The defense attorney for a man who decided to open fire and kill a teenager who was attempting to rob a store said his client was a hero who engaged in a “righteous” shooting.
The shooter, Harry McCullough, said Wednesday he always has his .40 caliber Smith and Wesson on him and has a license for a loaded firearm, though not one for a concealed gun.
“You prepare for it every day,” he said. “I always carry it with me, like my wallet. I’ve had a license to carry for a long time.”
He said he’s wrestling with how his life changed during a trip to the drug store.
“I’m a little shaken, but not too bad,” McCullough said.
He believes he did the right thing.
“Everything went as planned … turned out OK,” he said.
Video: Attorney’s Account Of Walgreen’s Shooting
The events unfolded Monday night inside Walgreens at 61st Street and Northwest Radial Highway.
Attorney James Martin Davis said McCullough, 32, a former security guard at College of Saint Mary’s, was in the store picking up a prescription and buying ice cream when two masked men entered.
Davis said his client saw the gunman hold a sawed-off shotgun to a woman’s back as she held a phone to her ear. The two yelled profanities at the customers, Davis said.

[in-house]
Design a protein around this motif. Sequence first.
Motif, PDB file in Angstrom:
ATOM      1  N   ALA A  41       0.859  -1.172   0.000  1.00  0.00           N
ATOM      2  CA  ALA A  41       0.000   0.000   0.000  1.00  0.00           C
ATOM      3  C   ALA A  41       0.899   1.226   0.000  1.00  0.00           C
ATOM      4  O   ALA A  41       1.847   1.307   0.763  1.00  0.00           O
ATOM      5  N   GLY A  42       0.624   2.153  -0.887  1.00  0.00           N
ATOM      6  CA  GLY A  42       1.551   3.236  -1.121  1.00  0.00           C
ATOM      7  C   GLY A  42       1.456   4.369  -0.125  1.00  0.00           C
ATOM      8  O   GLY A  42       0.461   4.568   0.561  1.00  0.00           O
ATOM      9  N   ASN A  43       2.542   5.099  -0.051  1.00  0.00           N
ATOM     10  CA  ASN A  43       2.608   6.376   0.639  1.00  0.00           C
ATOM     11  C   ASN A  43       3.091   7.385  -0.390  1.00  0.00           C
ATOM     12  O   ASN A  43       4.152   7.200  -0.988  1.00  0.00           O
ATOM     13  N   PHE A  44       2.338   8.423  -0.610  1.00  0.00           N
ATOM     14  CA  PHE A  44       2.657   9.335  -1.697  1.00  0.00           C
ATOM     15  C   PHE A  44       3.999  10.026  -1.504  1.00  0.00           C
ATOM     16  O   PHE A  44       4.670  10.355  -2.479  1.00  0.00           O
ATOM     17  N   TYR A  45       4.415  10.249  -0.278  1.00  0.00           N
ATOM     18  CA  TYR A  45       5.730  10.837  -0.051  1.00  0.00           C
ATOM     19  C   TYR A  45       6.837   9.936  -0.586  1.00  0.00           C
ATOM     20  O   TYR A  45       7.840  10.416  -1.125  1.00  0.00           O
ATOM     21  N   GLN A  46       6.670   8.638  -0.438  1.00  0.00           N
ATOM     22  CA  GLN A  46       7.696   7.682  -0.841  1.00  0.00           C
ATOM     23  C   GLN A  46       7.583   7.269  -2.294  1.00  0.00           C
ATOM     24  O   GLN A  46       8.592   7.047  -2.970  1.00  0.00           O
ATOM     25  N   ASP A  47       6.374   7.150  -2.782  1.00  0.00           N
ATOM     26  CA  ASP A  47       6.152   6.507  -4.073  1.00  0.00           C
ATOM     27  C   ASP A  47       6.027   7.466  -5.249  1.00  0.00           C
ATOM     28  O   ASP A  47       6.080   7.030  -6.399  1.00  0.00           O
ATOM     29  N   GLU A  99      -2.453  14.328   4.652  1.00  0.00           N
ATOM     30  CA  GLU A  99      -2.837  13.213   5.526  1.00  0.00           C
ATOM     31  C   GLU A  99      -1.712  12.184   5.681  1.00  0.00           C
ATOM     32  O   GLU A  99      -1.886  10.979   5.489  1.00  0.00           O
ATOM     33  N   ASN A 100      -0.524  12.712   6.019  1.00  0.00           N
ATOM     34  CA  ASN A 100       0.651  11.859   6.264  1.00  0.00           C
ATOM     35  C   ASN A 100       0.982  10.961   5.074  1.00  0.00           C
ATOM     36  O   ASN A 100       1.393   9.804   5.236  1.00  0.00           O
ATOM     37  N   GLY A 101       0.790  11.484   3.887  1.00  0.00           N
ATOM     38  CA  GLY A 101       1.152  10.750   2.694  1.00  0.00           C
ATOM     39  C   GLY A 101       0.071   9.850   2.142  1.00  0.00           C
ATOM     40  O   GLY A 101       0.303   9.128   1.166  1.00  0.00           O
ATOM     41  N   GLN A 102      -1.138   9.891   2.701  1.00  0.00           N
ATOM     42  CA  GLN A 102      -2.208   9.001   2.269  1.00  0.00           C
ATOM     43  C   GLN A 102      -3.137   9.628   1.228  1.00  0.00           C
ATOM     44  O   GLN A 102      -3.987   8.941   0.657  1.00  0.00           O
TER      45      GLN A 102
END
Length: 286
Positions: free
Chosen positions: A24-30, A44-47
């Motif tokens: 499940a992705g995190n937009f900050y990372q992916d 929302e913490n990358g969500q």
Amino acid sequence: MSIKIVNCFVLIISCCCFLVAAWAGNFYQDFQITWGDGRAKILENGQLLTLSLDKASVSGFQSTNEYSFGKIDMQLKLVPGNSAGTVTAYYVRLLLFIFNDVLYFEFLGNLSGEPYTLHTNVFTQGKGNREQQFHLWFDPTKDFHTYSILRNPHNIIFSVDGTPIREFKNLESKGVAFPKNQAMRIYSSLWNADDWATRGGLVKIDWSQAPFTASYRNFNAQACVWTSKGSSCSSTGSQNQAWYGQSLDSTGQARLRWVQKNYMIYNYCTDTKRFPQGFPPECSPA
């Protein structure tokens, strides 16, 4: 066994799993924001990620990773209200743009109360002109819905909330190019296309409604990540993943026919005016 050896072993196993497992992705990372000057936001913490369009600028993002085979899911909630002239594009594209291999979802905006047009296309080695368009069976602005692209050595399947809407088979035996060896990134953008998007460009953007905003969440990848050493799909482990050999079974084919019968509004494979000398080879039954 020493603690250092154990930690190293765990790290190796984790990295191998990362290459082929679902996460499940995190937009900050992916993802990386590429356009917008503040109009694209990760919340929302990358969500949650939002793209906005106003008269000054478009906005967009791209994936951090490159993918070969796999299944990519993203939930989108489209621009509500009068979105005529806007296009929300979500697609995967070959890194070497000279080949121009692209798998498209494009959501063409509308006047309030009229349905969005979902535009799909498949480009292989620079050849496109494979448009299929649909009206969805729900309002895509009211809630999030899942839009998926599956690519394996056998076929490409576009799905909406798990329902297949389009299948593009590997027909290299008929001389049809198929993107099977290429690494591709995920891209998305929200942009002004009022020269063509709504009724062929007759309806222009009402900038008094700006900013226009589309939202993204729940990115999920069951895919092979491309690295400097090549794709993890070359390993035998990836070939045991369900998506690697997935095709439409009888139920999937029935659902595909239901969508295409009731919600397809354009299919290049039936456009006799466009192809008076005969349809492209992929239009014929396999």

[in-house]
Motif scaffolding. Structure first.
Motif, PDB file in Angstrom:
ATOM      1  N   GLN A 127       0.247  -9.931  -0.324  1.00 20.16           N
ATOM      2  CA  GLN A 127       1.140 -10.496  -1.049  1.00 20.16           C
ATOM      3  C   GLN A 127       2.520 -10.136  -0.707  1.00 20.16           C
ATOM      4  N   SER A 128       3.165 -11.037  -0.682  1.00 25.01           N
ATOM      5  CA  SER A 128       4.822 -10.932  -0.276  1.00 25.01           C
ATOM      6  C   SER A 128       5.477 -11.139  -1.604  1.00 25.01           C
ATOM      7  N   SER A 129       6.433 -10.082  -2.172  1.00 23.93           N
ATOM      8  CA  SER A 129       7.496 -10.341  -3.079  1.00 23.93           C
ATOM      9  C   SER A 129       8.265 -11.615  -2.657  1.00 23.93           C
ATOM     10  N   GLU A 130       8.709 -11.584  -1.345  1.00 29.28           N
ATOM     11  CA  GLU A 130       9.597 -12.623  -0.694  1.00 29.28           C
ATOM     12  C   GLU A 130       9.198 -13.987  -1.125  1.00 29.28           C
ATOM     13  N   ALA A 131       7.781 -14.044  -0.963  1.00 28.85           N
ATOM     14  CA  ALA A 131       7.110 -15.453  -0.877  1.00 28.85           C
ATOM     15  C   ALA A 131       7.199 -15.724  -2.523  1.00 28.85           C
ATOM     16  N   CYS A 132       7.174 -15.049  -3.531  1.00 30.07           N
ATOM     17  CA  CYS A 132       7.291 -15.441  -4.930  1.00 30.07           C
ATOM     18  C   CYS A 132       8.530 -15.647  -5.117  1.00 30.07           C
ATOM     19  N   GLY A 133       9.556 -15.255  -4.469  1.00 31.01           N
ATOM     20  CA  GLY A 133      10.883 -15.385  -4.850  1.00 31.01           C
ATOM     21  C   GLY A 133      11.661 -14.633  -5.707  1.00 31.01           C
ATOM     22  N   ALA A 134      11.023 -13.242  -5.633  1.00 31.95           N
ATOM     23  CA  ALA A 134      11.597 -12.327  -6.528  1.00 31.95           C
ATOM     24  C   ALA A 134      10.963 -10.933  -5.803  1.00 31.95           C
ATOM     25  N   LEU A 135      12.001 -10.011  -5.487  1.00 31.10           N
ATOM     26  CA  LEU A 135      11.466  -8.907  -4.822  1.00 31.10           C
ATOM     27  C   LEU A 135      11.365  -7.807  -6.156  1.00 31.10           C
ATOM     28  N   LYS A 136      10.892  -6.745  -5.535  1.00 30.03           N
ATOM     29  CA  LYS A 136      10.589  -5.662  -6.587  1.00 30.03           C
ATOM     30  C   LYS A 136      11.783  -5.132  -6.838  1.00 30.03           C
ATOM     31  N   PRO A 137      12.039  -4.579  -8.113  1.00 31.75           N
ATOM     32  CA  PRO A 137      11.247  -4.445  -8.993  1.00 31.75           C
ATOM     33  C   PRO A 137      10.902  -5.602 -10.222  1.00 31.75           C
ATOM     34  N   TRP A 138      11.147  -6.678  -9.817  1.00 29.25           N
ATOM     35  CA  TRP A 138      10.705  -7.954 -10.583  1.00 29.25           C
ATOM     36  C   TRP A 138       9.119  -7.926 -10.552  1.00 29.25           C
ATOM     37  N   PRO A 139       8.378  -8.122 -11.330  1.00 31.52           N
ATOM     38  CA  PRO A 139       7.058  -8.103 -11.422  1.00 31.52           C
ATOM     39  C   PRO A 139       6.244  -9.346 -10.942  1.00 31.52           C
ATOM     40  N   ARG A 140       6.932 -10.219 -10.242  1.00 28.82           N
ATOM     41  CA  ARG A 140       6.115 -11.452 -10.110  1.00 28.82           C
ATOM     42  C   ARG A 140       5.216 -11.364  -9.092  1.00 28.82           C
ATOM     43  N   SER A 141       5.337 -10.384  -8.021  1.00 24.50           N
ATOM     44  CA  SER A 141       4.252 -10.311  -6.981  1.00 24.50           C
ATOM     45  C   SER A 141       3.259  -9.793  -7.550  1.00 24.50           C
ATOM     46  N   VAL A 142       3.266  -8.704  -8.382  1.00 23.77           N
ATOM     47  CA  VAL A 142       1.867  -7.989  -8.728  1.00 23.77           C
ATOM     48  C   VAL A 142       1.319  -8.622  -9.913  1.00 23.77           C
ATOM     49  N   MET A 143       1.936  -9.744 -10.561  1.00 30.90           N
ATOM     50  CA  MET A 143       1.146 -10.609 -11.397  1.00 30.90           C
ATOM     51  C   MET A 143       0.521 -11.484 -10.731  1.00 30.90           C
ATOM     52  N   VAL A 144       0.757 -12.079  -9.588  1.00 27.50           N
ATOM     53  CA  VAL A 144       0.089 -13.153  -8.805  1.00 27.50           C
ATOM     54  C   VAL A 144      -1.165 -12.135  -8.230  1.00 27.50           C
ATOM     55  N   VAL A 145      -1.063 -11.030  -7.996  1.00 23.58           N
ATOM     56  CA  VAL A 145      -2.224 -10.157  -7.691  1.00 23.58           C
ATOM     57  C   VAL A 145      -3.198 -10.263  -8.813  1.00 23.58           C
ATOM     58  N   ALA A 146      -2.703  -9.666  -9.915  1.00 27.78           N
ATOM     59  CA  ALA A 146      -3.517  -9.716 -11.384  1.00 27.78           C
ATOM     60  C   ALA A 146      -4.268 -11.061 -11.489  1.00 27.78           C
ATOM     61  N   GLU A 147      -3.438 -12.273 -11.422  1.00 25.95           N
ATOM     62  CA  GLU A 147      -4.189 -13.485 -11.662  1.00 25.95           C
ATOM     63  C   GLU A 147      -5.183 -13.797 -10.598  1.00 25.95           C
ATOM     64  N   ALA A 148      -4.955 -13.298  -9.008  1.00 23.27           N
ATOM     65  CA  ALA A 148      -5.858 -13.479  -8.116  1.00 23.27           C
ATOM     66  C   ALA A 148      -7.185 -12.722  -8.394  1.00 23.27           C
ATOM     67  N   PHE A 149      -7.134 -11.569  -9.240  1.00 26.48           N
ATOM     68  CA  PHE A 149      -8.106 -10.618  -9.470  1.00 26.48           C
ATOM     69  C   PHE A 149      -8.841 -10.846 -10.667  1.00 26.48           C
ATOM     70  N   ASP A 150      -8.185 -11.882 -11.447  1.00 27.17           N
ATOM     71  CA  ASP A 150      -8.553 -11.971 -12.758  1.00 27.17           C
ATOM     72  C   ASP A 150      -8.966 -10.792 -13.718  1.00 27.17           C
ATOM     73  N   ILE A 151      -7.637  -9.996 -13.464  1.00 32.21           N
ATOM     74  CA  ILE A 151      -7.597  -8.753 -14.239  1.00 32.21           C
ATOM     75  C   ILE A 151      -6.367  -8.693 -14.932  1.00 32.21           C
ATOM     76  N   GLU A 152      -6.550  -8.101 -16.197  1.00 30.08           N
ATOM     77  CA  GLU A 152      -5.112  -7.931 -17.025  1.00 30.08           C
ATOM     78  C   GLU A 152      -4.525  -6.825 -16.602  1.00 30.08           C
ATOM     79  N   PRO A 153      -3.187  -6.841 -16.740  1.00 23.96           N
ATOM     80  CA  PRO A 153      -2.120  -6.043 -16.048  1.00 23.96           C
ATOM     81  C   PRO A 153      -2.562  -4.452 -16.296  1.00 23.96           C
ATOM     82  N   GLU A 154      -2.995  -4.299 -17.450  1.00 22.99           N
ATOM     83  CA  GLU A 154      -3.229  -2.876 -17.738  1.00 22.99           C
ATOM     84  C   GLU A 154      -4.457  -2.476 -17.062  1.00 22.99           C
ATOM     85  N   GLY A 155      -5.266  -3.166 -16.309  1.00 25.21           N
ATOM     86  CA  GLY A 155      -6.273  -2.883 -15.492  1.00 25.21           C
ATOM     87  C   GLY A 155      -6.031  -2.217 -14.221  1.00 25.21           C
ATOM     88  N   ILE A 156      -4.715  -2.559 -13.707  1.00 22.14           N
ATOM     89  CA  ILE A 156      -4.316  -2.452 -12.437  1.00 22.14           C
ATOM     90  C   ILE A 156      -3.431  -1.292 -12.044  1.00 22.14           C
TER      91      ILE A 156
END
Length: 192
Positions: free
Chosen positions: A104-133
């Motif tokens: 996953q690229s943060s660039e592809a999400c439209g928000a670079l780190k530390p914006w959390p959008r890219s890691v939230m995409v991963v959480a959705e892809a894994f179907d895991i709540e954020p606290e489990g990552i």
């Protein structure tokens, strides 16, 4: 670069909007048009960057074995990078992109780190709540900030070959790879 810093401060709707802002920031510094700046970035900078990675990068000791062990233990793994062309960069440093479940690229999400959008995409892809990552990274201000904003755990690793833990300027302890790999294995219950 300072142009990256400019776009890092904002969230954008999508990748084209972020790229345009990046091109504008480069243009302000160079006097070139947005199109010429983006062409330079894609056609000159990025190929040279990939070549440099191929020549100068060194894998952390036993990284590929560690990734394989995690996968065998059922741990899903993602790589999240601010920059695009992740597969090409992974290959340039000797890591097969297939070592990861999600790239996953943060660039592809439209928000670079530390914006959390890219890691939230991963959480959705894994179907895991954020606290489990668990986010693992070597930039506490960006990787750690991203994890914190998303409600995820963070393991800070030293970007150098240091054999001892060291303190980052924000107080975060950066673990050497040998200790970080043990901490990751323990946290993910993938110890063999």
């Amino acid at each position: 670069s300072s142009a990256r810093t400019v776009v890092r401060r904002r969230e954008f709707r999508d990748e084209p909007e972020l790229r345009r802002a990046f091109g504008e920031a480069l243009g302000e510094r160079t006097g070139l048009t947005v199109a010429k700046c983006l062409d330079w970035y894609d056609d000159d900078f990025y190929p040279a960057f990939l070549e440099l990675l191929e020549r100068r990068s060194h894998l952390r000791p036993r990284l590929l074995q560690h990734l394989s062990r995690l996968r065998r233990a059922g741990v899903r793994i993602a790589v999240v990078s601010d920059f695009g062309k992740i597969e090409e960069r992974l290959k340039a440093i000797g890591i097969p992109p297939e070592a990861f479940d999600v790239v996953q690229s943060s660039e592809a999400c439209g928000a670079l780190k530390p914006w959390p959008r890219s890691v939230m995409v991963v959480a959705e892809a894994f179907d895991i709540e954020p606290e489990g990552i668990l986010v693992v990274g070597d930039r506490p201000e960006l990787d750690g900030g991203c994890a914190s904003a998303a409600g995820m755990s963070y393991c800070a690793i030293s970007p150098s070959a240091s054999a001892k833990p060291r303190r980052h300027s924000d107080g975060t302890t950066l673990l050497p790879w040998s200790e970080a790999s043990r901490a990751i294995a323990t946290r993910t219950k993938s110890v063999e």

He said that’s when McCullough pulled out his .40 caliber Smith and Wesson gun from his waistband and shot the armed man.
Davis said his client fired four shots. The county attorney said eight shots were fired.
“He used good judgment and good instincts to prevent a tragedy,” Davis said. “He also knew, and you can check this out, that that Walgreens had been held up three times in the last five months.”
The would-be robber stumbled out of the store and collapsed. His sawed-off shotgun fell in the path of the store’s automatic front door, preventing it from shutting.
“He killed another human being and he will live with regardless of how righteous the shooting was,” Davis said.
McCullough then chased down a second suspect, ordering him to get face-down in an aisle until police arrived, Davis said.
McCullough won’t face charges for killing the teen, but he is facing the rest of his life with the realization that he killed someone.
“You never intend that,” he said. “You just want to protect yourself, that’s all it is.”
“He’s experienced with handguns, a target shooter who worked in past as security guard to avert tragedy,” Davis said.
By: RICK MCCANN/STAFF
PRIVATE OFFICER NEWS NETWORK
For the past two years, police and sheriff departments have struggled to maintain their agencies with less money, fewer officers and no new equipment.
There has been lay offs and furloughs of “non-essential” personnel including civilian employees, community service officers, animal control officers and in some cases a few law enforcement officers here and there.
But, as time goes on and the economy is reportedly getting better, many public safety agencies are still having to fight to staff their jails, patrol cars and provide an acceptable level of service to the public that they are sworn to serve and protect.